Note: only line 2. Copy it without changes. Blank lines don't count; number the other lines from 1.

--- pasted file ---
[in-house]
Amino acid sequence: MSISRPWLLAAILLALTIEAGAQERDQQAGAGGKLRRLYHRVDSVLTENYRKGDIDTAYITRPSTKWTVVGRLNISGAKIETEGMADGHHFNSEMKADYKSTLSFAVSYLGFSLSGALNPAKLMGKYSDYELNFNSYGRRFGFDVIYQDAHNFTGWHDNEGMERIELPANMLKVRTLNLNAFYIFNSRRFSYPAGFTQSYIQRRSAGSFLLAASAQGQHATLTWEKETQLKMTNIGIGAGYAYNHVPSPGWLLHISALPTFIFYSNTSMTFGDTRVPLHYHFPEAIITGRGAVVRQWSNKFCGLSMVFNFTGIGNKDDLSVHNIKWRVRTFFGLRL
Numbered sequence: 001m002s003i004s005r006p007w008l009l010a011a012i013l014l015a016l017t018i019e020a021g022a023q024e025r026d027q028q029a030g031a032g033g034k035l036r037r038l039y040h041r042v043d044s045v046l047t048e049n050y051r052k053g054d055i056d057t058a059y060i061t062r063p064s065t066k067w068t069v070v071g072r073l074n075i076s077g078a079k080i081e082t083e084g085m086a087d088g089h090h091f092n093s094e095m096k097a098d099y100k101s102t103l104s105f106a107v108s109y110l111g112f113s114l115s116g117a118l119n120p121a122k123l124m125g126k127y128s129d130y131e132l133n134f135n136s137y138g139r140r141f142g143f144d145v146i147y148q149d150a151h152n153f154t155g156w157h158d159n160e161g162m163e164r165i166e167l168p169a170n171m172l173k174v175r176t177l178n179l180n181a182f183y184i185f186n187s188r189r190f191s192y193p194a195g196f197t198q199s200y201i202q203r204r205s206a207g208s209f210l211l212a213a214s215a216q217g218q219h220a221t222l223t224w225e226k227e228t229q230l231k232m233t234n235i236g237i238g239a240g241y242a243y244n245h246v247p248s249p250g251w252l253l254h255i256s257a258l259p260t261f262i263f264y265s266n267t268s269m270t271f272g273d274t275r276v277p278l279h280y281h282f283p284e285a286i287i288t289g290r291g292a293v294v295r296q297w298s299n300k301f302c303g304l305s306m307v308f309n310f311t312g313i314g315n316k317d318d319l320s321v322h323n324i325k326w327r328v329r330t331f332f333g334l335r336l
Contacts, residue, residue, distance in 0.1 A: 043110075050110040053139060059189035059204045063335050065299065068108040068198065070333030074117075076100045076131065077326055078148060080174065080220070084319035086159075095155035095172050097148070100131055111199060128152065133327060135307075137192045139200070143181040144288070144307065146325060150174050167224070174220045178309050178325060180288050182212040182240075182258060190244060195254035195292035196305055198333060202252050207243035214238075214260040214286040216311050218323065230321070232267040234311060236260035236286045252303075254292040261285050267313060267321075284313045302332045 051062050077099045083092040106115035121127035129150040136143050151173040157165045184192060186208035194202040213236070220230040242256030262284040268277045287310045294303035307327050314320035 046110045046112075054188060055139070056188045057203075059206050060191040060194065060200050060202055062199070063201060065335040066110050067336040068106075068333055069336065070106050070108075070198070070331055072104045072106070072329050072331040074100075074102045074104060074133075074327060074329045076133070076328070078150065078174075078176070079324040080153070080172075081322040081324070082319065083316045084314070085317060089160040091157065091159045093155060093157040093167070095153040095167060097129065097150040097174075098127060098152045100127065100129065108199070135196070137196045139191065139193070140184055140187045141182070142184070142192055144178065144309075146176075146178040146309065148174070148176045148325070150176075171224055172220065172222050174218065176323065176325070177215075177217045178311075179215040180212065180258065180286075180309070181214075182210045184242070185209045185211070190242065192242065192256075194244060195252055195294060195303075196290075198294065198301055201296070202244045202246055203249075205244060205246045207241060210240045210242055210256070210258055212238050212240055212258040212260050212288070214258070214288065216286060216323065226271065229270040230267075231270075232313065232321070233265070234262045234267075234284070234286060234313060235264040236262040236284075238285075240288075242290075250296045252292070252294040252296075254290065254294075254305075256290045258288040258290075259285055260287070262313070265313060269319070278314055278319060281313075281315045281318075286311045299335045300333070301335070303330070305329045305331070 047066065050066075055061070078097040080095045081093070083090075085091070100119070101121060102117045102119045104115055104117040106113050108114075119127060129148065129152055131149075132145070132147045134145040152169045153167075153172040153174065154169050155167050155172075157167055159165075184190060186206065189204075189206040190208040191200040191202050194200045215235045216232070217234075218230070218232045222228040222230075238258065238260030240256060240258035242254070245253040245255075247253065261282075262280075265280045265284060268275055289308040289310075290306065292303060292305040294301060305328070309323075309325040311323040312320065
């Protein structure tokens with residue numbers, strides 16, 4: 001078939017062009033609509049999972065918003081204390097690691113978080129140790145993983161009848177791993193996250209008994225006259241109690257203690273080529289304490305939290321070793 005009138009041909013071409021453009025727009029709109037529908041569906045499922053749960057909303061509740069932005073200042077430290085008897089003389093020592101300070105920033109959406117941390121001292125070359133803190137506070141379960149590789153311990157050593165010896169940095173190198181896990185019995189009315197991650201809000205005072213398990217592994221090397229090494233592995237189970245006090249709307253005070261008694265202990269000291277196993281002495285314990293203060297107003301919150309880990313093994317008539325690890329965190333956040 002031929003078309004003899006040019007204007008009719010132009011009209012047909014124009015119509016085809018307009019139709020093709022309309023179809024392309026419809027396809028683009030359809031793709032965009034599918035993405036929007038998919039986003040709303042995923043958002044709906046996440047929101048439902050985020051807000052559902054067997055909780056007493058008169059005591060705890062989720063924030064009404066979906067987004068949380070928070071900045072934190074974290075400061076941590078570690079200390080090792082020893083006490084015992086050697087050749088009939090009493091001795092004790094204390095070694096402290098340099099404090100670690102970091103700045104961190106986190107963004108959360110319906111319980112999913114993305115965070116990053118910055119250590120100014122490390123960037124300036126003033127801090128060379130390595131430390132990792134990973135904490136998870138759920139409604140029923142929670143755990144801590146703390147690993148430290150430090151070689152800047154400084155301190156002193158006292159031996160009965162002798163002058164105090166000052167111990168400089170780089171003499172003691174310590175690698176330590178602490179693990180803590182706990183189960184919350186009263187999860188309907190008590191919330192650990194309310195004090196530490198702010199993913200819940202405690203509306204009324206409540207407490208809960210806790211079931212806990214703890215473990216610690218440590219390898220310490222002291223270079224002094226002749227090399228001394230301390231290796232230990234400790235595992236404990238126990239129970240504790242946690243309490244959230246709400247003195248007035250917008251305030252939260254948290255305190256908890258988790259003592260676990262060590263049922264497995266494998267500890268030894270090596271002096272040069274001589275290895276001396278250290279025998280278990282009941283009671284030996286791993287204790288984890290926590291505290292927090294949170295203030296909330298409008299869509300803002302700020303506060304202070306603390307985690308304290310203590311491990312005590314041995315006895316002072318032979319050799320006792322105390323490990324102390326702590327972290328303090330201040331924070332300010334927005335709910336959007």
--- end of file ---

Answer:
Amino acid sequence: MSISRPWLLAAILLALTIEAGAQERDQQAGAGGKLRRLYHRVDSVLTENYRKGDIDTAYITRPSTKWTVVGRLNISGAKIETEGMADGHHFNSEMKADYKSTLSFAVSYLGFSLSGALNPAKLMGKYSDYELNFNSYGRRFGFDVIYQDAHNFTGWHDNEGMERIELPANMLKVRTLNLNAFYIFNSRRFSYPAGFTQSYIQRRSAGSFLLAASAQGQHATLTWEKETQLKMTNIGIGAGYAYNHVPSPGWLLHISALPTFIFYSNTSMTFGDTRVPLHYHFPEAIITGRGAVVRQWSNKFCGLSMVFNFTGIGNKDDLSVHNIKWRVRTFFGLRL